skip to main content

Listen

Read

Watch

Schedules

Programs

Events

Give

Account

Donation Heart Ribbon

NOVA scienceNOW: Can We Make It To Mars?

Airs Wednesday, January 19, 2011 at 8 p.m. on KPBS TV

Above: Dava Newman (pictured with Mike Massimino) at MIT wants to design a space suit for future Mars explorers that’s more Captain Kirk than Neil Armstrong. Today’s space suits are mini space-ships, cumbersome oxygen-filled balloons that provide life-saving air pressure, but which are notoriously difficult to move and work in.

Renowned astrophysicist Neil deGrasse Tyson hosts the third season of this fast-paced and provocative science magazine.
Enlarge this image

Above: Renowned astrophysicist Neil deGrasse Tyson hosts the third season of this fast-paced and provocative science magazine.

Historic Space Suits

If you were suddenly transported to the moon, clothed as you are now, your body would suffer a gruesome assault—temperatures as low as -380°F, a barrage of UV radiation, no oxygen to breathe, and perhaps worst of all, no air pressure—causing the dissolved gas in your blood to bubble. In this slide show, see how space-suit design evolved to allow humankind's giant leap onto the moon and beyond.

Hosted by renowned astrophysicist, author and director of the Hayden Planetarium, Neil deGrasse Tyson, NOVA scienceNOW covers four timely science and technology stories per one-hour episode. Each episode of the upcoming season of "NOVA scienceNOW" explores one of six “big” science questions: can we live forever?; how smart are animals?; where did I come from?; how does the brain work?; what’s the next big thing?; and can we live in space?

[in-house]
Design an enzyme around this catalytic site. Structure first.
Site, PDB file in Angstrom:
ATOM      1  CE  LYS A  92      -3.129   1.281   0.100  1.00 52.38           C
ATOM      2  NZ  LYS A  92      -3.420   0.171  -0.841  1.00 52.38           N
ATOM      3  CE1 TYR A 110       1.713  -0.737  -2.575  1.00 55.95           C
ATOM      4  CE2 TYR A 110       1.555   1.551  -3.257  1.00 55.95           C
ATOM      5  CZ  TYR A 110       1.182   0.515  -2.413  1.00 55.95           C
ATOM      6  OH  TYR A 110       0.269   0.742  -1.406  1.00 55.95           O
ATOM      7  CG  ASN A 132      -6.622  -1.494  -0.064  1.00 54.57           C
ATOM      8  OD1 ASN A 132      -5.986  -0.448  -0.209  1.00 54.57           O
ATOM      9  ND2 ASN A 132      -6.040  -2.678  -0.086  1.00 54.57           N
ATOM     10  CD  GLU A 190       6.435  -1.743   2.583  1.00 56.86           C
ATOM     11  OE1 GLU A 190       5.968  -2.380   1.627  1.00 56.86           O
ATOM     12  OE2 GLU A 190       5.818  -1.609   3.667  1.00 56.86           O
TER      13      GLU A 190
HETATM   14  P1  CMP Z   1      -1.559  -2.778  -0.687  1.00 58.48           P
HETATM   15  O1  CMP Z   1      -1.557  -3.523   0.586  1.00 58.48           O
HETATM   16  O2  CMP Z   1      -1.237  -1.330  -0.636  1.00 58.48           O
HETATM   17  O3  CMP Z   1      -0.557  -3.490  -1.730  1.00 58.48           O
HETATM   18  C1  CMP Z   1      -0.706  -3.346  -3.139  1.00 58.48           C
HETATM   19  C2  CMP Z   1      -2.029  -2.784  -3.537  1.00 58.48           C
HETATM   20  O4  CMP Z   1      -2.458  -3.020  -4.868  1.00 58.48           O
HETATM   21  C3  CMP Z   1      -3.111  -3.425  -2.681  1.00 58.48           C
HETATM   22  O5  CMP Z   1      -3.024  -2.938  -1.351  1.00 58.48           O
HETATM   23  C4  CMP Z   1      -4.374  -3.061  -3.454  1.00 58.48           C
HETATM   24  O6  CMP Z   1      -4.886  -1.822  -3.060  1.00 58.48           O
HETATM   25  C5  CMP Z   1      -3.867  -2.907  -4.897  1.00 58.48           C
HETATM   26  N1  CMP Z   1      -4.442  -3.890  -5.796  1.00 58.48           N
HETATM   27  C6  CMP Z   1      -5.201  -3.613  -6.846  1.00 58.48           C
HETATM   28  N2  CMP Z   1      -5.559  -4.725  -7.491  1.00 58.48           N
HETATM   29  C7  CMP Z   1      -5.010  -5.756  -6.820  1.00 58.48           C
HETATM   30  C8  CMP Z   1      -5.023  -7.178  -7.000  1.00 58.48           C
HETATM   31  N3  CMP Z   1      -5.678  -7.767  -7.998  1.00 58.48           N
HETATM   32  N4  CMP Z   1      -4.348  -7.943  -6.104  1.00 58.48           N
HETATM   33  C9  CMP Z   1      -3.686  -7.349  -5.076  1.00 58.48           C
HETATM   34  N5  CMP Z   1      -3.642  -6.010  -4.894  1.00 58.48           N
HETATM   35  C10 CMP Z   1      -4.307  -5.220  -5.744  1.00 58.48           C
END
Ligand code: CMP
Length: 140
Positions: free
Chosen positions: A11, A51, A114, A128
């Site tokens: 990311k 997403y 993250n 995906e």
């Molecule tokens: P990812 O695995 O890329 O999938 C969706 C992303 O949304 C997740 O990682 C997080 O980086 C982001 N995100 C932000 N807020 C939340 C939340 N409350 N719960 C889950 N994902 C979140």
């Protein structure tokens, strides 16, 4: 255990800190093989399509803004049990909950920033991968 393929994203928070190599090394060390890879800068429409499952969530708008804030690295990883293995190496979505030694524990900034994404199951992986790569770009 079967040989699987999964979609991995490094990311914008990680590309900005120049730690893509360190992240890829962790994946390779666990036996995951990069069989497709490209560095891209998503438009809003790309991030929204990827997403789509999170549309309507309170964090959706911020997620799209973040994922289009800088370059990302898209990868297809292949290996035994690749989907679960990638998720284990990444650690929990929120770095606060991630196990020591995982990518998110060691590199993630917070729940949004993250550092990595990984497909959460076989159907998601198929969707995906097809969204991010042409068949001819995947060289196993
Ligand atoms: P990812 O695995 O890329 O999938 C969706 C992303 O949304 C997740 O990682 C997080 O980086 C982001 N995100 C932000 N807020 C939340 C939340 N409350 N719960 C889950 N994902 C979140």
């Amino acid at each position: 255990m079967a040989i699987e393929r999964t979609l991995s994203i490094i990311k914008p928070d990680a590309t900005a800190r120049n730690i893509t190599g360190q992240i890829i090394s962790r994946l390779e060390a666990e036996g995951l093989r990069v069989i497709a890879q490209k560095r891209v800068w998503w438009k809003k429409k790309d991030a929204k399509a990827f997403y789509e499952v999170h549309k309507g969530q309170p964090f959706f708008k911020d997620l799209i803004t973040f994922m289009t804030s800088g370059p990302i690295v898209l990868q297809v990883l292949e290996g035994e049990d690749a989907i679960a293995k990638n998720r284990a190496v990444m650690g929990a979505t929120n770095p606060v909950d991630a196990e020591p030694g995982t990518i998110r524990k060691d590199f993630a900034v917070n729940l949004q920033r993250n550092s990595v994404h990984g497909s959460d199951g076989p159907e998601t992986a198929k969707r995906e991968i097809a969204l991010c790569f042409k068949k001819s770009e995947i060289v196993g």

Can humans survive a trip to Mars and back that could take two to three years? This episode of "NOVA scienceNOW" examines all of the perils of this journey, including deadly meteoroids, bone and muscle deterioration, and cosmic radiation.

Host Neil deGrasse Tyson checks in with scientists who are developing new ways to keep astronauts alive on such a journey. Among the innovations covered are meteoroid-proof materials, new space foods and spacesuits, and novel modes of transport, such as plasma rockets.

This episode also profiles young female scientist and daredevil Vandi Verma, part of the team that drives the Mars rovers on the martian surface.

Video

Preview: NOVA scienceNOW: Can We Make It to Mars?

Above: A trip to Mars and back could take two to three years. Can humans survive the journey, fraught with deadly meteoroids, bone and muscle wasting, and perilous levels of radiation? Host Neil deGrasse Tyson checks in with scientists who are developing new ways to keep astronauts alive on such a journey in "Can We Make It To Mars?"

Video

The Daily Show: Neil deGrasse Tyson

The Daily Show With Jon StewartMon - Thurs 11p / 10c
Neil deGrasse Tyson
www.thedailyshow.com
Daily Show Full EpisodesPolitical Humor & Satire Blog</a>The Daily Show on Facebook

Above: Jon Stewart interviews Neil deGrasse Tyson on Tuesday January 18, 2011.

We've upgraded to a better commenting experience!
Log in with your social profile or create a Disqus account.

Please stay on topic and be as concise as possible. Leaving a comment means you agree to our Community Discussion Rules. We like civilized discourse. We don't like spam, lying, profanity, harassment or personal attacks.

comments powered by Disqus